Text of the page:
Spurred by a grass-roots determination to make something decent happen in the face of tragedy, Connecticut today responded to the deaths of 26 children and educators at Newtown’s Sandy Hook Elementary School with strong new laws to keep communities safe from wanton gun violence.
Gov. Dannel P. Malloy signed what is being called the most far-reaching package of gun safety legislation in the country. The law, which cleared the Legislature with strong bipartisan majorities, adds more than 100 firearms to the state’s assault weapons ban, creates what officials believe is the nation’s first offender registry for dangerous weapons, and bans the sale and purchase of ammunition magazines holding more than 10 rounds. The bill passed by better than 2-to-1 majorities in both the House and Senate, thanks in large measure to action from Newtown residents.
“The voice of our community, our determination to take this shattering loss and make something good come out of it, is reflected in this strong response by the Legislature and the governor,” said Thomas Kuroski, president of the Newtown Federation of Teachers. Days before the Connecticut General Assembly took up the bill, the AFT local gathered signatures throughout the community in a petition that called for commonsense gun regulations and improved access to mental health services.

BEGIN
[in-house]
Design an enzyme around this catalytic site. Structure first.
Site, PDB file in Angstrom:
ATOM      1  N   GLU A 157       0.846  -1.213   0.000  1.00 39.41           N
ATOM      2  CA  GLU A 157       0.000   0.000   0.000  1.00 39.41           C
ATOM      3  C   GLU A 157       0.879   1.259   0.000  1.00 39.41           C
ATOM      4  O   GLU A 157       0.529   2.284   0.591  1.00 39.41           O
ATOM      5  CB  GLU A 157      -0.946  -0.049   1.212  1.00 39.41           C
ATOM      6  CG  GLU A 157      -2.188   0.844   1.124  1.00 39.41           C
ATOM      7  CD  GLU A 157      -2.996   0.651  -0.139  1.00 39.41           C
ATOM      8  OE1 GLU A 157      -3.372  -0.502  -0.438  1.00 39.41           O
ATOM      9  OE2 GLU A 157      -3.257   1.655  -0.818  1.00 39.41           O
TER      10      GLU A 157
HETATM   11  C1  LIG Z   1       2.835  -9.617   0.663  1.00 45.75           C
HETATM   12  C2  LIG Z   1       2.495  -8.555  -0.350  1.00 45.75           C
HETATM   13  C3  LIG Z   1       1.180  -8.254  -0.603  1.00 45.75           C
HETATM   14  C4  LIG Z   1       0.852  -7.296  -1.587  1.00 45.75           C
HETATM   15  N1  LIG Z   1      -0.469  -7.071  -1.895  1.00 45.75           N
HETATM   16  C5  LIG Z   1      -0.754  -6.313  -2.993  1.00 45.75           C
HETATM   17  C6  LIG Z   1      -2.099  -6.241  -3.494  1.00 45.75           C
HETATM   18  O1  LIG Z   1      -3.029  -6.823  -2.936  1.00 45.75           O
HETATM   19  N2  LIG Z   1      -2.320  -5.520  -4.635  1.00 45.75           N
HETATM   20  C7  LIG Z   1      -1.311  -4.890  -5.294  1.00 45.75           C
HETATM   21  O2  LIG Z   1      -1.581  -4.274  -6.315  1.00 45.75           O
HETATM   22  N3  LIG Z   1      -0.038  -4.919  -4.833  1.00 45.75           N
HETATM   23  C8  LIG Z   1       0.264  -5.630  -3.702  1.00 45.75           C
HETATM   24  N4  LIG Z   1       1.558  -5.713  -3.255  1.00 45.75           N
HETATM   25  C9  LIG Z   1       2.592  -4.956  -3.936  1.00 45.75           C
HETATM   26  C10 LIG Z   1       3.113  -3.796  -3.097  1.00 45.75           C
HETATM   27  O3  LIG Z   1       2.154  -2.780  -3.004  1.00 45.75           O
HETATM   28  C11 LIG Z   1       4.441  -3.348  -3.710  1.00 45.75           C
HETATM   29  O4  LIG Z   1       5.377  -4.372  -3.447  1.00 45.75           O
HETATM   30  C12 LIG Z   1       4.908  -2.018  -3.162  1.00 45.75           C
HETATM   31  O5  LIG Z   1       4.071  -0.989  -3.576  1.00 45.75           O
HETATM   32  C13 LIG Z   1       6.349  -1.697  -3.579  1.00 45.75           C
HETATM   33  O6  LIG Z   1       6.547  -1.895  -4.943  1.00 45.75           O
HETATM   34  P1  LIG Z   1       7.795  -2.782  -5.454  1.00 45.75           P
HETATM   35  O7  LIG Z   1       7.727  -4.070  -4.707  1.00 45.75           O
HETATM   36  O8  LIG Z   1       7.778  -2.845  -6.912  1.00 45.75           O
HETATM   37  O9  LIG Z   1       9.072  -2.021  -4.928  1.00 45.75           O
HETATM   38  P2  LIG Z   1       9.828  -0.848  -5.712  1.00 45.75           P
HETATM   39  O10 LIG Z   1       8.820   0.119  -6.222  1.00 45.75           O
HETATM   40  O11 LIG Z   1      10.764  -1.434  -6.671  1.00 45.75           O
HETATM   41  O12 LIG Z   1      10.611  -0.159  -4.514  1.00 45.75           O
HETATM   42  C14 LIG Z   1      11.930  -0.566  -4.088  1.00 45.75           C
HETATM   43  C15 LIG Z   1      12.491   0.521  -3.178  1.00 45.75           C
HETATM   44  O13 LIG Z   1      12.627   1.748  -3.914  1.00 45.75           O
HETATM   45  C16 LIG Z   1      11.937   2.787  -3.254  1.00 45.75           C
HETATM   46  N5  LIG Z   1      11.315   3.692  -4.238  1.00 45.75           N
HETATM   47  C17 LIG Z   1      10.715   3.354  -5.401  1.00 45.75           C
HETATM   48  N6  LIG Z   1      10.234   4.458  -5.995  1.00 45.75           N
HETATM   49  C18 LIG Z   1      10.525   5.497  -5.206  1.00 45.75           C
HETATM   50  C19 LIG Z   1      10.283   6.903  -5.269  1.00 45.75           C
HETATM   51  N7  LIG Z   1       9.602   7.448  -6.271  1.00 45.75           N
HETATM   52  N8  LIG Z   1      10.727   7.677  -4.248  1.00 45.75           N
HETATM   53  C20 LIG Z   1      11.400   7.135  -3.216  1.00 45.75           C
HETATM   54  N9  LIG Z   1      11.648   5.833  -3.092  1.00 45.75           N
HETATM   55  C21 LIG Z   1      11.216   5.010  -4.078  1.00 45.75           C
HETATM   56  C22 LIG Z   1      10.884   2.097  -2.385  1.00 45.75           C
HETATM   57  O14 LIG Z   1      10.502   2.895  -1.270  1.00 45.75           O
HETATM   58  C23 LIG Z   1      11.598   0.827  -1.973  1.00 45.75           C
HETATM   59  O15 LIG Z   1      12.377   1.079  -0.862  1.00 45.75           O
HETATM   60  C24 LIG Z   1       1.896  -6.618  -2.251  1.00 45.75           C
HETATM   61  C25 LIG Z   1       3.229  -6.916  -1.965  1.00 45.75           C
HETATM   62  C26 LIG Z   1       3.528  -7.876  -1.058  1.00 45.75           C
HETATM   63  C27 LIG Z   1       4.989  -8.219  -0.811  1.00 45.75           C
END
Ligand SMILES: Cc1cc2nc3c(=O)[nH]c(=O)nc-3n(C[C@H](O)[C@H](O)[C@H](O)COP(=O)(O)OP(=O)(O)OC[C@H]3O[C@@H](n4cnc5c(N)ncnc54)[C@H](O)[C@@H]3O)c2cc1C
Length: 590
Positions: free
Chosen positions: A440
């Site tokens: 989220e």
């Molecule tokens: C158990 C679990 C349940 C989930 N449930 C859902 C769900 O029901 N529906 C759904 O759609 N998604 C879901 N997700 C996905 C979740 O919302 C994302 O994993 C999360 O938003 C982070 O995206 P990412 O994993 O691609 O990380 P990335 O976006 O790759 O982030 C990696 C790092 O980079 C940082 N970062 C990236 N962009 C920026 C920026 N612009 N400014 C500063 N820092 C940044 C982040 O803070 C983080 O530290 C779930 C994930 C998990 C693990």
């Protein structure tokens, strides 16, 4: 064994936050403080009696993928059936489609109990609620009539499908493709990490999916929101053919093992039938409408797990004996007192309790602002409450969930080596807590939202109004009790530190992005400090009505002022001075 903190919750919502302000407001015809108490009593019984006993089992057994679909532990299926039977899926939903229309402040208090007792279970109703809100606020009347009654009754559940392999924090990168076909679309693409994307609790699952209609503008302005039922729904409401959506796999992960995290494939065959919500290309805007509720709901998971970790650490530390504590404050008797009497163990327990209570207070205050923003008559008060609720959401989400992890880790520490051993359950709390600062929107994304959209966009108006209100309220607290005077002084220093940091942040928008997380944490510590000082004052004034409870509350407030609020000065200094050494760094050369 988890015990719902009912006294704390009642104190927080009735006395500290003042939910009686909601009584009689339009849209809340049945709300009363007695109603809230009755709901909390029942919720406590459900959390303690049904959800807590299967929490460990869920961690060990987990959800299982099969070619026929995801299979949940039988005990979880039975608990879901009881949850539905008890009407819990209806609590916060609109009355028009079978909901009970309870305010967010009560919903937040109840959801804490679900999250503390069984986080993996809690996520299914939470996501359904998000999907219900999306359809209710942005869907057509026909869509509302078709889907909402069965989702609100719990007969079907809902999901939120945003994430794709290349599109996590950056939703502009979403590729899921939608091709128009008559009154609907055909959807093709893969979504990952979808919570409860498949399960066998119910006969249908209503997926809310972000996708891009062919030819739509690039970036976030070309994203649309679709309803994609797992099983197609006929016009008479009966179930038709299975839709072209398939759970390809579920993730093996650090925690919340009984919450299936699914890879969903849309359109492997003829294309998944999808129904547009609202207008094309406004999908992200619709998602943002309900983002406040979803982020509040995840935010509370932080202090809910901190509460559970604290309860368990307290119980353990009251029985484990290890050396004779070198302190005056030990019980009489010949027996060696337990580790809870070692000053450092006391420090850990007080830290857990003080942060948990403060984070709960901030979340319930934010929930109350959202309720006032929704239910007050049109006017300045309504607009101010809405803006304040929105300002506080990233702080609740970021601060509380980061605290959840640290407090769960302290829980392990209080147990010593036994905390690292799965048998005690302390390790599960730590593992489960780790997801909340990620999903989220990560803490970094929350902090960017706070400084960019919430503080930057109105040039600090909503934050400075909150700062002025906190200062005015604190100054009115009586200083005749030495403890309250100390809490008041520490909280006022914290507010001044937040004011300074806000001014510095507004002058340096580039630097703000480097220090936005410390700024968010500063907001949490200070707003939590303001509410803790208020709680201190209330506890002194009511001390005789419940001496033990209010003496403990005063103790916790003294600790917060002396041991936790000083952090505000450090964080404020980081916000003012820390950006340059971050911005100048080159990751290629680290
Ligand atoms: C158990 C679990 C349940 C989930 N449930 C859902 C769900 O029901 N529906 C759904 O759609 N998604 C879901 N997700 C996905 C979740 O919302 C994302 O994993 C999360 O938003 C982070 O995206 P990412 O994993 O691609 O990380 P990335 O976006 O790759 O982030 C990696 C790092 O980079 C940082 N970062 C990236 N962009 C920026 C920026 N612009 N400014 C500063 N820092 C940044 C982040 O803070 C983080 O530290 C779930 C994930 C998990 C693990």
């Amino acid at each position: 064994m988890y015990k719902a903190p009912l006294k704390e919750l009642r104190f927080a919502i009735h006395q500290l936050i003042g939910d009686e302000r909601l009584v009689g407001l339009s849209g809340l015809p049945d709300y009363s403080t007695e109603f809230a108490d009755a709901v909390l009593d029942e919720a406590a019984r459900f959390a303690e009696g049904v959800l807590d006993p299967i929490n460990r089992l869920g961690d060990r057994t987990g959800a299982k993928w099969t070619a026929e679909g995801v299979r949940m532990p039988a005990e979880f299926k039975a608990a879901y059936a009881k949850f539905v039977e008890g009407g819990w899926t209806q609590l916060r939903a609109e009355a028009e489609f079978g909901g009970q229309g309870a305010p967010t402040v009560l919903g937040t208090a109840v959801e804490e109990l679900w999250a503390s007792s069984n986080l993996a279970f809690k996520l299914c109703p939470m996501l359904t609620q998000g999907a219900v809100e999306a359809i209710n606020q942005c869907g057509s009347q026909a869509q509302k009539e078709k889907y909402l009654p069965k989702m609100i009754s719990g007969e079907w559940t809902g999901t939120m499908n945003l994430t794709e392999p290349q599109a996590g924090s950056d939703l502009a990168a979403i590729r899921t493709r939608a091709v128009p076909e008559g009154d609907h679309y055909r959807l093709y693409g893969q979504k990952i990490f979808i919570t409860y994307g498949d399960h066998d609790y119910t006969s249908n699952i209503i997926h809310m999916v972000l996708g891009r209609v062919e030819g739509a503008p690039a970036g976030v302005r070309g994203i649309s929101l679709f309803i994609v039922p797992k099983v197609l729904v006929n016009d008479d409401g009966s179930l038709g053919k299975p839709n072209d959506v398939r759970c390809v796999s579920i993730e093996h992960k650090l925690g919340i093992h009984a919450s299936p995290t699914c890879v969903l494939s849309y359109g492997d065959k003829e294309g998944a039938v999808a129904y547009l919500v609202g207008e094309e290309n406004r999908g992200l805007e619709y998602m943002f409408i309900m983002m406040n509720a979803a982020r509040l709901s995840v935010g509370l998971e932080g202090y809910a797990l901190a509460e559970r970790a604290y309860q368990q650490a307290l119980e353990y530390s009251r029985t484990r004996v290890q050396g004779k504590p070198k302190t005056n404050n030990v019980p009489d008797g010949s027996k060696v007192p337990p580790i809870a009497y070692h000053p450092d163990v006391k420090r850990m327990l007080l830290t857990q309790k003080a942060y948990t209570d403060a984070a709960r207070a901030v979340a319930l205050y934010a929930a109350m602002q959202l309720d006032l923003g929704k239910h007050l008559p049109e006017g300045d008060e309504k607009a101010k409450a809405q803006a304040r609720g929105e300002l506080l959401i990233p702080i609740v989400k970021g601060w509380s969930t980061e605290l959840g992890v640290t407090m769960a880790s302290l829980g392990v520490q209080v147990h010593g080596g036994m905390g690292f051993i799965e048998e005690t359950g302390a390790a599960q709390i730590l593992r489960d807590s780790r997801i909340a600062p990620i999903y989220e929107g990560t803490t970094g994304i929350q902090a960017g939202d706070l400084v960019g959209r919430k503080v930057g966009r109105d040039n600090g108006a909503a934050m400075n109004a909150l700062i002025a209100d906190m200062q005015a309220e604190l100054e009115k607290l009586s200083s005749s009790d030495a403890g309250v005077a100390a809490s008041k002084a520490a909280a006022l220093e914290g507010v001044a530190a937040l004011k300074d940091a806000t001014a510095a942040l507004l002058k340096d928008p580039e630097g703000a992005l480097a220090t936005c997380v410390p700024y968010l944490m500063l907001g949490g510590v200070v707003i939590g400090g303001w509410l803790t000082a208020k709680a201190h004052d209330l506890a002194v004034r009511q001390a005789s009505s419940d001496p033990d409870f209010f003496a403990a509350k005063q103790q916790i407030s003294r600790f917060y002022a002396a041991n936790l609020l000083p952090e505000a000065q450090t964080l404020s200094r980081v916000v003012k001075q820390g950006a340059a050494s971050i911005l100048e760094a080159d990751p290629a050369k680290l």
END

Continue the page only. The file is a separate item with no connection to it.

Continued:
“No community, no school, no family should have to endure the raw pain and the loss of precious lives, the loss of the sense of well-being and security that we have experienced in Newtown,” the NFT petition reminded legislators. “As educators, we are committed to preparing our students for a bright future. As parents and citizens, we have a responsibility to provide for and keep our children safe. As elected leaders, you have a profound obligation to act quickly and decisively to help keep our communities and our children safe. “
The new law also drew praise and support from large numbers of AFT members across Connecticut, who seized the opportunity and contacted their lawmakers before the historic vote. “This is about making our public schools safer for our students,” said Melodie Peters, president of AFT Connecticut, who stressed that the new law also “recognizes the critical importance of treating mental health issues” and offers a strong opportunity for paraprofessionals, school-related personnel and custodians to have a voice in the development of building safety plans. These staffers are “often the first ones in and the last ones out of our schools,” Peters said. “They have a deep understanding of the schools in which they work, and their input is invaluable.”
Gov. Malloy took the opportunity when he signed the bill to praise the dedicated bipartisan response to the Newtown tragedy and to urge policymakers at all levels to follow that example, beginning with Washington, D.C., where “there is no excuse” for Congress to remain deeply divided over commonsense gun safety laws that more than nine out of 10 Americans demand.
“This is a profoundly emotional day,” the governor said. “We have come together in a way that relatively few places in our nation have shown an ability to do. … Today does not mark the end of our efforts.” [Mike Rose, Newtown Federation of Teachers, AFT Connecticut, AP]
April 4, 2013